Planning for Windows Server 2003/R2 end of support
Understand what end of support means
End of support for Windows Server 2003/R2 can have a dramatic impact on your business. It will mean no more updates or patches from Microsoft, which can result in a less stable and less secure infrastructure for your organization.
Microsoft will no longer develop or release any updates after ending support. To put this in perspective—37 critical updates were released in 2013 for Windows Server 2003/R2 under extended support. Imagine what impact zero updates will have on your infrastructure.
The costs of maintaining your legacy servers can add up quickly. Maintenance costs for aging hardware will likely increase, and you will have to deal with added costs for intrusion detection systems, more advanced firewalls, and network segmentation—all simply to isolate 2003 servers. Staying put will likely cost more in the end.
After support ends, your organization will likely fail to meet most industry-wide compliance standards and regulations. This could result in lost business or dramatically increase the cost of doing business, in the form of high transaction fees and penalties.
No safe haven
Without continued support from Microsoft, your virtualized and physical instances of Windows Server 2003/R2 will not pass a compliance audit. Microsoft Small Business Server (SBS) 2003 will also be affected.
End of support for Windows Server 2003/R2
Transform your datacenter
The end of support for Windows Server 2003/R2 could signal the beginning of a new stage in your organization’s evolution, and taking advantage of the Microsoft datacenter transformation vision can help you reach that next stage.
A datacenter without boundaries gives you the ability to go beyond the resources you have on-premises by more easily accessing cloud resources when you need to. You can take advantage of cloud resources to build new applications or websites that require global scale in a snap; scale infrastructure at a moment’s notice to meet the most demanding business requirements; and reduce storage, backup, and recovery costs.
Once you see what’s possible with cloud capabilities, your organization will want to take advantage of cloud innovation everywhere. The innovations built into Microsoft datacenter products—especially in storage, networking, and identity—are the result of the deep experience and expertise Microsoft has gained from working with massive-scale enterprise cloud deployments.
Your organization can take advantage of Microsoft’s world-class infrastructure with dynamic application delivery, so your IT professionals can respond to business needs with greater speed and agility. Enhanced automation enables them to provision, deploy, monitor, and manage applications and infrastructure from a consistent platform across clouds.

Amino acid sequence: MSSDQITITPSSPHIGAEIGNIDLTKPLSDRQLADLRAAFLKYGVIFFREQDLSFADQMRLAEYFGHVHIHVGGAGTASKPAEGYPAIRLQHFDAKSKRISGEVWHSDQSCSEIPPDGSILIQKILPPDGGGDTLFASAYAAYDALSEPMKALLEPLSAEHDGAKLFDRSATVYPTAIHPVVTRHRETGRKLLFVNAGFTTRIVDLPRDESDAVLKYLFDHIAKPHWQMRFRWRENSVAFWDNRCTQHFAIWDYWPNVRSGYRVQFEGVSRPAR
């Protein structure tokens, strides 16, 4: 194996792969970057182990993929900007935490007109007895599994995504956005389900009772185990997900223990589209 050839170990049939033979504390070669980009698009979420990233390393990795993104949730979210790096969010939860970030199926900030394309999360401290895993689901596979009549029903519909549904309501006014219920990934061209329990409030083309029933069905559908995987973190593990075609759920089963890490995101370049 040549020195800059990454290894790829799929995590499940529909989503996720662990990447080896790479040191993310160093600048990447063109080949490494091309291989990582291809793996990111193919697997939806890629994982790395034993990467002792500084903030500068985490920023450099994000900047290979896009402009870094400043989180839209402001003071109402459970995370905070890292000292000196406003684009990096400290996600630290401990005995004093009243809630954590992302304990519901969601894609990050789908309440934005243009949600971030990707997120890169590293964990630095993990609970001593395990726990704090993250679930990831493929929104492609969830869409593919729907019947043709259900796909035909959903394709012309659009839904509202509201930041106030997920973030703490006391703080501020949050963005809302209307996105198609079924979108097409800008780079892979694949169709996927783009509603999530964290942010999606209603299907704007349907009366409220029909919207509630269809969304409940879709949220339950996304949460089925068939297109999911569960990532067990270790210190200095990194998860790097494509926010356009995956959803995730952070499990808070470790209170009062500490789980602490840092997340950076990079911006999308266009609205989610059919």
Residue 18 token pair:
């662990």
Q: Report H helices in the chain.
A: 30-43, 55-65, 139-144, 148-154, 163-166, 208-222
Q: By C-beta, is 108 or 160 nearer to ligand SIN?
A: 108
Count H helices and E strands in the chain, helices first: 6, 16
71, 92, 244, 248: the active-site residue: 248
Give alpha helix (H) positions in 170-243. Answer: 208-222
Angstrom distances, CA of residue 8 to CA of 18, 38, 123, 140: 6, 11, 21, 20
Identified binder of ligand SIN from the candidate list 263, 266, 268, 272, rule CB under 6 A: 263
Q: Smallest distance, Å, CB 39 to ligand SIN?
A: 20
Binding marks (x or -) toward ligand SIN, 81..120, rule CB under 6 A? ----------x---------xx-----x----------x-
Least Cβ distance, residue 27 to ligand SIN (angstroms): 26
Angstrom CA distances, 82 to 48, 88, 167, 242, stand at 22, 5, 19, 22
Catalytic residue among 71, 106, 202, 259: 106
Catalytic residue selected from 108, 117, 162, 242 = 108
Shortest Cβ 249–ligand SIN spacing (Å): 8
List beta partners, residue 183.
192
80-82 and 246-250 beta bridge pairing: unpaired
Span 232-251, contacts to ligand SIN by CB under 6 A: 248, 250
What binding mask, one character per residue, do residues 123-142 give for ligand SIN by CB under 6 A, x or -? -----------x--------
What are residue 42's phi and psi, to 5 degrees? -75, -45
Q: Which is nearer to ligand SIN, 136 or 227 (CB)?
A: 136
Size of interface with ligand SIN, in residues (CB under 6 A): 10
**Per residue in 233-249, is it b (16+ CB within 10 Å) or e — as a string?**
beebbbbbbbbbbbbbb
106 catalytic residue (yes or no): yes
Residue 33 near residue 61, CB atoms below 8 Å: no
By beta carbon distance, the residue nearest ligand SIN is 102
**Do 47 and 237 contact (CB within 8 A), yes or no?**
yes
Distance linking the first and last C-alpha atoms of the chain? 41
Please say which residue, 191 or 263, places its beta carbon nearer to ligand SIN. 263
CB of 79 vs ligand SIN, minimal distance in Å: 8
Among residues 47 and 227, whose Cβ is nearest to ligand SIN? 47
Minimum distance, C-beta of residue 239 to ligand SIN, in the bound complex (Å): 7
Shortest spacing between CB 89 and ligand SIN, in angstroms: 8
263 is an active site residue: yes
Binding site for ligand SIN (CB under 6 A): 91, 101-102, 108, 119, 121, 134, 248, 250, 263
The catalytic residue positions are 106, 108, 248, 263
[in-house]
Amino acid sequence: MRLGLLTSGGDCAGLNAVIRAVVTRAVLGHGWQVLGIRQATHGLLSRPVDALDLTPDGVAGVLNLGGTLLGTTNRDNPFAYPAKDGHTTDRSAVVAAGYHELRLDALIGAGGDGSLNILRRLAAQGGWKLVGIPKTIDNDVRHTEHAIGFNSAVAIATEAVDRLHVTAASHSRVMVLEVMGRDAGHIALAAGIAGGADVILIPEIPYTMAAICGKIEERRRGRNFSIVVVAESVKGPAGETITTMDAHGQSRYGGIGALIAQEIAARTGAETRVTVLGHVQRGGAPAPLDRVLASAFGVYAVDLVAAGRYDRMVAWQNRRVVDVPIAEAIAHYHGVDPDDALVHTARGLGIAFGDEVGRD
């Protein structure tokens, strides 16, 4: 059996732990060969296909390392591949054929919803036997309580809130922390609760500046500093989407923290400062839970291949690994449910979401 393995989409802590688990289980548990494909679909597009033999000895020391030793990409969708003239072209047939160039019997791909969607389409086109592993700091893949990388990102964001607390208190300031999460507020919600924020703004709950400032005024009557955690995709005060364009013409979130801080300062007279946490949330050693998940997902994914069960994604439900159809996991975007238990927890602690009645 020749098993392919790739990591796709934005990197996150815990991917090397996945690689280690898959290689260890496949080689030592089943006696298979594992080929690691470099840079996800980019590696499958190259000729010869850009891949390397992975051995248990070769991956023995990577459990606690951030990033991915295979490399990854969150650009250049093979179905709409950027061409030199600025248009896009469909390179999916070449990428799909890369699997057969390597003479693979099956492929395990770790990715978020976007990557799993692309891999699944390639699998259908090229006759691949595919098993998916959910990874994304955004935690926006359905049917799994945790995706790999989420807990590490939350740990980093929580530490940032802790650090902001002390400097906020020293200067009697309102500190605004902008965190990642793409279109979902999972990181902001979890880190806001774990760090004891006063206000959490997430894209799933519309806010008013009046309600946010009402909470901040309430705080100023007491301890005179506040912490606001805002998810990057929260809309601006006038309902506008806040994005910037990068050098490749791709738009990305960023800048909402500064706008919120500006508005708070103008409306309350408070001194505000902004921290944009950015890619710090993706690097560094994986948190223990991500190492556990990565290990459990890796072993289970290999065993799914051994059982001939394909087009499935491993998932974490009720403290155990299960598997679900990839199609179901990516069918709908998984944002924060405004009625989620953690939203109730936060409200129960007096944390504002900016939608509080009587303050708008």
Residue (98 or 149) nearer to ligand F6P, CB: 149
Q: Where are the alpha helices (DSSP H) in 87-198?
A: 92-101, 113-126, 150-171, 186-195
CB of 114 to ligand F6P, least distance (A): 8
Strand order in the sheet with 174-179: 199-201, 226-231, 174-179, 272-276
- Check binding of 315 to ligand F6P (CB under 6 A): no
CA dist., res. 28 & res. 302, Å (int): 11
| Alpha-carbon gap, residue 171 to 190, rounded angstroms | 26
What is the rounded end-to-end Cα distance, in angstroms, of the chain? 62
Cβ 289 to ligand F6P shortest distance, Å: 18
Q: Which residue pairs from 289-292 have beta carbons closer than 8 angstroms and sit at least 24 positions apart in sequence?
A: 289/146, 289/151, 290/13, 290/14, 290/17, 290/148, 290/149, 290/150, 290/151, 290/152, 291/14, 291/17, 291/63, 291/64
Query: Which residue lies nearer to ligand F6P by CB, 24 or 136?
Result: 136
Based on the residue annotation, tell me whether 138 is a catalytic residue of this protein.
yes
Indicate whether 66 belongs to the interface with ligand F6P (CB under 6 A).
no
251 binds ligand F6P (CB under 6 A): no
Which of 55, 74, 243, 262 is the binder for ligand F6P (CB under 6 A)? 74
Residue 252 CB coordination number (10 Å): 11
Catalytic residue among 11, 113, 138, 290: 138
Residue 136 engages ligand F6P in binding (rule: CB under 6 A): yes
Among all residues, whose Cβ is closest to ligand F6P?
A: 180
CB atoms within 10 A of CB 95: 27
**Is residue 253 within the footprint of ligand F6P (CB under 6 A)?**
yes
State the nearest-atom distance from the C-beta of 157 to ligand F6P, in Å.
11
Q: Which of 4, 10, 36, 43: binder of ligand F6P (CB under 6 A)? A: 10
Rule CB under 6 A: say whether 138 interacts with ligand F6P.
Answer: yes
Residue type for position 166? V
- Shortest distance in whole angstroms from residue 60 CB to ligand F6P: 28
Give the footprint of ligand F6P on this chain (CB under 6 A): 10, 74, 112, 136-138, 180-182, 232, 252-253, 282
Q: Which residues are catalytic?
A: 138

Follow a migration process
Your migration should ideally follow a process to make the transition from Windows Server 2003/R2 to the cloud as smooth as possible. That process will include discovering, assessing, and targeting workloads and software before choosing the right migration plan.
The first step is to discover and catalog all of the software and workloads running on Windows Server 2003/R2. There are several self-service tools that can help with this process, such as the Microsoft Assessment and Planning (MAP) Toolkit, a free tool that helps you collect and organize system-wide information from a single, networked computer. Other third-party discovery offerings include Dell ChangeBASE, Lakeside Software SysTrack, JumpStart for Windows Server 2003 from Microsoft Services, and a number of other options from system integrators and Microsoft partner service providers.
Once you have a catalog, you will need to assess what’s in it. This means categorizing and analyzing your cataloged applications and workloads based on type, criticality, complexity, and risk. After completing your assessment, you can prioritize workloads and applications for migration. This helps identify issues and opportunities.
Choose a migration destination for each application and workload. Available options include Windows Server 2012 R2, Windows Azure, Cloud OS Network, and Office 365. Different workloads and applications will logically lead to certain targets. Others could offer the possibility of migration to one or more of these destinations. The choice will be driven by factors such as speed, ease of migration, cost, and desired functionality.
Choosing the right migration plan may require some additional analysis and assistance. Several vendors offer do-it-yourself tools to assist in the decision-making process and in the migration itself, including Dell ChangeBASE, Citrix AppDNA, AppZero, and JumpStart for Windows Server 2003. Other migration services are also available through system integrators, including several Microsoft partners.